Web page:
Abu Dhabi, UAETuesday 15 October 2019

DIFC pushes ahead with low-cost savings plan to replace gratuities

The Dubai financial centre will offer employees a choice of up to 12 passive investment funds at annual charges of 1.25 to 1.5 per cent

New employment law will come into effect on August 28. Courtesy DIFC
New employment law will come into effect on August 28. Courtesy DIFC

Dubai International Financial Centre is pushing ahead with plans to replace expat workers' end-of-service gratuity with a funded, trust-based savings scheme that offers employees a choice of up to 12 passive investment funds.

At a DIFC employers’ town hall meeting on Thursday, the centre said the new scheme will charge employee members an annual management fee of about 1.25 to 1.5 per cent or lower depending on the administrator appointed to oversee the project set to go live on January 1, 2020.

We are looking for liabilities to be funded but we are also looking for that cash liability to be taken off the balance sheet and managed by a third party organisation. The employee’s money is being managed separately from the company.

Christopher Payne, DIFC Group strategy

“People are realising that the current defined benefit scheme is not working and, instead of shying away from the really complex and sensitive issues involved, it was imperative that the DIFC, as the most compelling and leading financial hub in the country, steps up to play a leading role in this project,” said Jacques Visser, the chief legal officer at DIFC.

If the DIFC goes ahead with its plan, it will be the first body in the UAE to overhaul the current gratuity system - a defined end-of-service benefit that all expatriate employees are entitled to after completing at least one year of service. The amount is calculated on the number of days worked and the departing employee's final salary.

At the Workers Incentives and End of Service Benefits Conference in Dubai in February, the government announced plans to “enhance” the gratuity payment and move it to a defined contribution scheme where contributions are paid based on their salary as they progress through employment with contributions invested on an employee’s behalf.

This is the plan set to be adopted by DIFC, which began reviewing the benefit in 2016 by setting up a working party to assess whether there was an appetite for change. The centre then sent a proposal letter to all employers earlier this year, asking for feedback by March 28.

The results of the survey of 339 respondents found the average DIFC employee earns Dh43,800 with the average staff tenure nine years. Seventy-eight per cent of DIFC employees support the proposal to reform the gratuity and 54 per cent of employers already fund the existing end-of-service gratuity system.

“That’s good news because it means many firms will not see cash flow effects from our proposal,” said Christopher Payne of DIFC Group strategy.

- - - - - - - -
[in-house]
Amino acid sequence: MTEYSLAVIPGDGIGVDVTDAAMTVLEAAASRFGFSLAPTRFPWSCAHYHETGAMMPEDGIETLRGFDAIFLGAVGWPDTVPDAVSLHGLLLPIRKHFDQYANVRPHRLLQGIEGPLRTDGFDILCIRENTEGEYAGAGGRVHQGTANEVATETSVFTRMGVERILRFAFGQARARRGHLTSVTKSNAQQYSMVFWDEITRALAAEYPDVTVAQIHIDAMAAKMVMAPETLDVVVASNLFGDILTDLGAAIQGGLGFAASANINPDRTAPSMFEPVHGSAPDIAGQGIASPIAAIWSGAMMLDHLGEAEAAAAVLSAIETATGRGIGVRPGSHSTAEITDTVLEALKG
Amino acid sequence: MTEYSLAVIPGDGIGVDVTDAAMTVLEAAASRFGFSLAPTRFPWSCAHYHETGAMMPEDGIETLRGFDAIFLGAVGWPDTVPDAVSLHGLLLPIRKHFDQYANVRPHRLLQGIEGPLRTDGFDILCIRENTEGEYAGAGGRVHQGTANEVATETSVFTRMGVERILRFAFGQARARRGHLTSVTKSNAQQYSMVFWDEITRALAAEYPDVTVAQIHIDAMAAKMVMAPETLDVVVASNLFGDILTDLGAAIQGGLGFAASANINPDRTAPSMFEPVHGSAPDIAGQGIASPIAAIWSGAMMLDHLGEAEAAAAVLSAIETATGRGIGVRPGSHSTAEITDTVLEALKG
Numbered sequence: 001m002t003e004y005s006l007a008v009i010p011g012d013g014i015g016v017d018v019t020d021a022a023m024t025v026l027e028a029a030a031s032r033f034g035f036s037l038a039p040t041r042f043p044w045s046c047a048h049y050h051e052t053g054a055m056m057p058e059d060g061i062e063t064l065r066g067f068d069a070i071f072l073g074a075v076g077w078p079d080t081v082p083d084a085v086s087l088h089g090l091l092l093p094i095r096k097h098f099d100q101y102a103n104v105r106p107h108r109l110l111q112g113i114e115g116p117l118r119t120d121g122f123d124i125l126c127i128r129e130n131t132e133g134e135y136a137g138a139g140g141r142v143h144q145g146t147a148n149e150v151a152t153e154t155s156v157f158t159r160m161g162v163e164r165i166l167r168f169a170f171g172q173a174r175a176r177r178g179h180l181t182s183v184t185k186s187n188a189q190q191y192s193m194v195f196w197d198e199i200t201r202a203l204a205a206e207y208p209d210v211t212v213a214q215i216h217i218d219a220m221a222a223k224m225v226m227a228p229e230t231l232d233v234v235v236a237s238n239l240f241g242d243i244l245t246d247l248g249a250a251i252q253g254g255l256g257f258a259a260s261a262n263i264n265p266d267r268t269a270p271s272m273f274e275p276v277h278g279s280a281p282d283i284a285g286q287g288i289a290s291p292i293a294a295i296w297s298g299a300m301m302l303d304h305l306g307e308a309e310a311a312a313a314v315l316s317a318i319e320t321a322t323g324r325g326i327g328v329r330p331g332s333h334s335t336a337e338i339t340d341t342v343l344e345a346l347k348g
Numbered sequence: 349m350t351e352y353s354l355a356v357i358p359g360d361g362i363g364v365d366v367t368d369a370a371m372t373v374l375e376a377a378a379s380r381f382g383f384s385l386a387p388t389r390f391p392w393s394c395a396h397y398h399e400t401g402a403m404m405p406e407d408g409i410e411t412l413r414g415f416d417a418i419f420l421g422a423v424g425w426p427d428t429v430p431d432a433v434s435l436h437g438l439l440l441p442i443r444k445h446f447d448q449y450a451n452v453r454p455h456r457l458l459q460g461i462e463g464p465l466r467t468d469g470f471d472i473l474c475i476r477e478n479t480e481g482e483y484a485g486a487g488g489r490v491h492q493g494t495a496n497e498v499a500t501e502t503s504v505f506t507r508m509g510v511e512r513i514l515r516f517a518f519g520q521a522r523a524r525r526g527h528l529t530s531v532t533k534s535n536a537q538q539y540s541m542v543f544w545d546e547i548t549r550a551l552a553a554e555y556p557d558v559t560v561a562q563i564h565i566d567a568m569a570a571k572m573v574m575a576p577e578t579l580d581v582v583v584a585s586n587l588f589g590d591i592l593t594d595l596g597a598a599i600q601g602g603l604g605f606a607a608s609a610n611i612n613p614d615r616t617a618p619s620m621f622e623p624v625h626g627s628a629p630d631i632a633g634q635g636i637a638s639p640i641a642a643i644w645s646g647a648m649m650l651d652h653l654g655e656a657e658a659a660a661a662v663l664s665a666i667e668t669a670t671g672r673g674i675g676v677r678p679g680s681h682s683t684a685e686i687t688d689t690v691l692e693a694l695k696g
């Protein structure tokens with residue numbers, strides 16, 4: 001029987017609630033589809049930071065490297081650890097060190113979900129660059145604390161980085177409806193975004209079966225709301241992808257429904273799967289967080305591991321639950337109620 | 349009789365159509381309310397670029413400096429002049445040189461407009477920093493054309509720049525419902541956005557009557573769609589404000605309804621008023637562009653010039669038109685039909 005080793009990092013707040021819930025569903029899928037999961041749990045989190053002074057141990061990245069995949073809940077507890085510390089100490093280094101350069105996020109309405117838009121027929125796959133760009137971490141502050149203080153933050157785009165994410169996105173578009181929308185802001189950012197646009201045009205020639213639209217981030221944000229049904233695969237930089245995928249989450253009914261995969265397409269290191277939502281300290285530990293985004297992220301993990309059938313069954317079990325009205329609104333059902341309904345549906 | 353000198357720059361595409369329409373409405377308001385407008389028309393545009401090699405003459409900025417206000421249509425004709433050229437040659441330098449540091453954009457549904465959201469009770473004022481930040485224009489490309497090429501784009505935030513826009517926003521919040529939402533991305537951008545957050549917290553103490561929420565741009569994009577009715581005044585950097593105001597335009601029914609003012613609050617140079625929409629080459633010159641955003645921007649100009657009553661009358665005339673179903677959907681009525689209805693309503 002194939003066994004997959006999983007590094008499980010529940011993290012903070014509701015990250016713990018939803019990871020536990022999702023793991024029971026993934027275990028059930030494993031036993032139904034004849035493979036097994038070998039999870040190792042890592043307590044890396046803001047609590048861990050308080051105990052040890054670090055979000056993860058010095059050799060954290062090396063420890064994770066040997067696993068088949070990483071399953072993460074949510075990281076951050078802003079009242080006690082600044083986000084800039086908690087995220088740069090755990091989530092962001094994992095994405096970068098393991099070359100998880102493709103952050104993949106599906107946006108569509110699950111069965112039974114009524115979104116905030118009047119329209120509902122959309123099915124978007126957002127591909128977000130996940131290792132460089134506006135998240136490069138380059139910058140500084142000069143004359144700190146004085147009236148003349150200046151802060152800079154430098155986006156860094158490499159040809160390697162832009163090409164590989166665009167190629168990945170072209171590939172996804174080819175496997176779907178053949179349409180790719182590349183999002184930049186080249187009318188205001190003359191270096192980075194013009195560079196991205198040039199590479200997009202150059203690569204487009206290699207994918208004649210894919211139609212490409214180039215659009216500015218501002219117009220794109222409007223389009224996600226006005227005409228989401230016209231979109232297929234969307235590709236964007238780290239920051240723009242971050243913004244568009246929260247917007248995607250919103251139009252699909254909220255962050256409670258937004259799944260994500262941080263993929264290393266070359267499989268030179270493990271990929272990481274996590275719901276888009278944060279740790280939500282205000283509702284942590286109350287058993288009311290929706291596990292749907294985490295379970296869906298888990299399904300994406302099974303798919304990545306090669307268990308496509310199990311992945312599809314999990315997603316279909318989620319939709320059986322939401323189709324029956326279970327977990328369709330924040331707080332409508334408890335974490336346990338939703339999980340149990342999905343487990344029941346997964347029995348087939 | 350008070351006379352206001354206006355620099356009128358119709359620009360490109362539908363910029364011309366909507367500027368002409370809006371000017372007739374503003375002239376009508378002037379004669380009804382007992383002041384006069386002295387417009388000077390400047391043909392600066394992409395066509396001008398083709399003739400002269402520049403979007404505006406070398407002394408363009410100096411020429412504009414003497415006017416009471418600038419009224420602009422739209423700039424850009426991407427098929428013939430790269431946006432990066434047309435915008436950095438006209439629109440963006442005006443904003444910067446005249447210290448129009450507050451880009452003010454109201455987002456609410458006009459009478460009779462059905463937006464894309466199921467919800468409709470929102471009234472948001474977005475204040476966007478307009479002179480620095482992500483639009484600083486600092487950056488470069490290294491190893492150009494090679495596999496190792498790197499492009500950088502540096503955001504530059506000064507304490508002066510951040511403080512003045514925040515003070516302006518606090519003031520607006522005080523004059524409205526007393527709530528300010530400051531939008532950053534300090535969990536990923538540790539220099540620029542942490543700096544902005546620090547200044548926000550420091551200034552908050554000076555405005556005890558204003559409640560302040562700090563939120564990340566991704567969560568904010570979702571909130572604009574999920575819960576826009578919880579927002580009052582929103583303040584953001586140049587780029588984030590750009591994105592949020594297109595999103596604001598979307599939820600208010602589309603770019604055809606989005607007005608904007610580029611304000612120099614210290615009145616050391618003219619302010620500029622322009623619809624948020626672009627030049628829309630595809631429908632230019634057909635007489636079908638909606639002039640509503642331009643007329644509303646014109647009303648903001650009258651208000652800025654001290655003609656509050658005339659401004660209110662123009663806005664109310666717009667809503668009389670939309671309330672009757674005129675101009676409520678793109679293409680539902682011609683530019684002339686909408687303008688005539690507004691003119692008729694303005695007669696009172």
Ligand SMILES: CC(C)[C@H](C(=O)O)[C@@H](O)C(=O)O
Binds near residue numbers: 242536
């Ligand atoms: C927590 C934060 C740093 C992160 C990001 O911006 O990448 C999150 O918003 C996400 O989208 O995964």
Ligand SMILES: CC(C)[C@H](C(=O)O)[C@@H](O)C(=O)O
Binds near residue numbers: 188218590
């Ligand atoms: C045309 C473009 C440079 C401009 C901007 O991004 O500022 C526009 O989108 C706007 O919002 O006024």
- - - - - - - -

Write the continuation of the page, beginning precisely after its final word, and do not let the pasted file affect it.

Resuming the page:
However, of those that do fund the liability, 79 per cent do not keep the assets outside employer control.

“That is an important part of our proposal,” added Mr Payne. “We are looking for liabilities to be funded but we are also looking for that cash liability to be taken off the balance sheet and managed by a third-party organisation. The employee’s money is being managed separately from the company.”

Under the DIFC’s proposal, workers would see their existing benefits leading up to the January 1 implementation left untouched. That liability would remain an obligation for employers who will have to pay out when the employee leaves based on their final salary.

Then, from January 1, employers will contribute to the new scheme at the same level of benefit as the gratuity system, which the working group calculated as equivalent to 5.83 per cent of an employee’s monthly basic salary under five years and 8.33 per cent after five years of service.

“We are not seeking to change the level of benefit or costs,” said Philip Wheeler, senior manager and pensions actuary at EY, adding that employees will have the option to contribute more into the scheme as will employers who might want to use it as a talent attraction method.

While the master trust will be domiciled in DIFC for policy reasons and the Dubai Financial Services Authority will regulate the fund administrator, both the role of trustee and administrator of the investment platform will be put out to tender, with the DIFC looking for "global tier 1 service providers", according to Mr Payne.

When it comes to the funds selected, Mr Visser said there will be a maximum of 10 to 12 passive funds on the restricted platform, to ensure the annual management cost stays low.

Mr Wheeler said employees will be able to control how their money is invested, choosing between a cautious, balanced or aggressive portfolio. However, there will be a “sensible” default option for those unsure of what choice to make.

Some attendees at yesterday’s event questioned whether they would lose out as the contributions made into the new scheme will be based on their existing salary rather than their final salary as the current gratuity system is, making it a cheaper proposition for employers.

“The potential investment growth has a better compounding effect than slow salary growth," said Martin McGuigan, partner at Aon Retirement Solutions and McLagan in Dubai and a member of the DIFC’s working party, who added that his firm would pitch for the tender.

"Whilst there is still some associated risk on the investment side, global research shows the investment growth is better over the longer term than wage growth.”

Updated: April 25, 2019 04:46 PM

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